There aren't too many people if we had a rational economic system, right. But in that view, because it's a Hunger Games economy, where there are always more losers than winners, then they're resetting the turf. One to reduce the population and the green agenda is very much part of that.

Net zero doesn't mean net zero carbon and, you know, we are carbon life forms, it means net zero people. In other words, let's reduce the number of people. So that's part of it, but the other part of it is actually because there are more people than there are functional jobs to do, and there are many jobs that actually don't produce wealth.

Okay, and it's about substituting, as Mosin said, AI and robotics for people. So this is all part of the great reset, but it's a big complex issue that needs much more time.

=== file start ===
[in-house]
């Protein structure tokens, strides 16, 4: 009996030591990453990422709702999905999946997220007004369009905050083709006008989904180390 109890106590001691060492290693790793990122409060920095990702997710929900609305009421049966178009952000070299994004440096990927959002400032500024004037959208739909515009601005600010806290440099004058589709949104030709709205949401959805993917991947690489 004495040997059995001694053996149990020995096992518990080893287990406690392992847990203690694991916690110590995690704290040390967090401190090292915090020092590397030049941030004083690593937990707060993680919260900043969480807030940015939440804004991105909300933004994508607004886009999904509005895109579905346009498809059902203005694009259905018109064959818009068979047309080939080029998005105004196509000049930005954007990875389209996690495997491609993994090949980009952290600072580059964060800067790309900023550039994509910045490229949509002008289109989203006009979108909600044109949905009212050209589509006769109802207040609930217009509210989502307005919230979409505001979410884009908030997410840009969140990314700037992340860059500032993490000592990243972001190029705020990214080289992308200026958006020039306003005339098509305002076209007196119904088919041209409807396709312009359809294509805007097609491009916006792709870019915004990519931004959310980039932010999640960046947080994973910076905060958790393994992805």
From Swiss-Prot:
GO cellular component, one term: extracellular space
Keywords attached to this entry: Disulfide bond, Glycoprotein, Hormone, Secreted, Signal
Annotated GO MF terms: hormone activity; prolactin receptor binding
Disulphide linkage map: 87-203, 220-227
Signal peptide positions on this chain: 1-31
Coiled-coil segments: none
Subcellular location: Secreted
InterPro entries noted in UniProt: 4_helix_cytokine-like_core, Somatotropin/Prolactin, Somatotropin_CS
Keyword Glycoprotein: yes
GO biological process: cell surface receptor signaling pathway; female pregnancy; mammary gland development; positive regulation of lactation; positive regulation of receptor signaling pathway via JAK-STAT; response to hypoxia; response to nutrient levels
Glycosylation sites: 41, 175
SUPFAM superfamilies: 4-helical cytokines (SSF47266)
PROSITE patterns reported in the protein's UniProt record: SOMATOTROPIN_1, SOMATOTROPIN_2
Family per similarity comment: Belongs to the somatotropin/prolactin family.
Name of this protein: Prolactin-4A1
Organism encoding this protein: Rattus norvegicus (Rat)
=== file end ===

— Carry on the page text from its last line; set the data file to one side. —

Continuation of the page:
Clive Menzies, Researcher & Political Economy Analyst

To conclude, looking up the UK economic crisis through the special software we have for news here, the thing that came up was Britain's Prince William, the Prince of Wales, and Catherine Princess of Wales arriving for the 2022 earth shot Prize ceremony at the John F. Kennedy Presidential Library Museum in Boston, Massachusetts.

One would think that when the UK is mired in such an economic crisis, the priorities of the Prince are inappropriate and most certainly misplaced.

I think we can say that royalty is part of that elitist structure, they are the most visible and they are easily targeted. But in reality, if you were to go to the clubs and private accommodations in Mayfair of most of this elitist mafia in London, they're not going to be affected by the bread prices and by the prices of milk going up the way they are, they're not going to be affected by energy or heat.

The reality is it's the poor man, it's the people on the ground, that are suffering and they need to start a global resistance Economy, fighting the system in that way is necessary now.

Syed Mohsin Abbas, Journalist & Political Commentator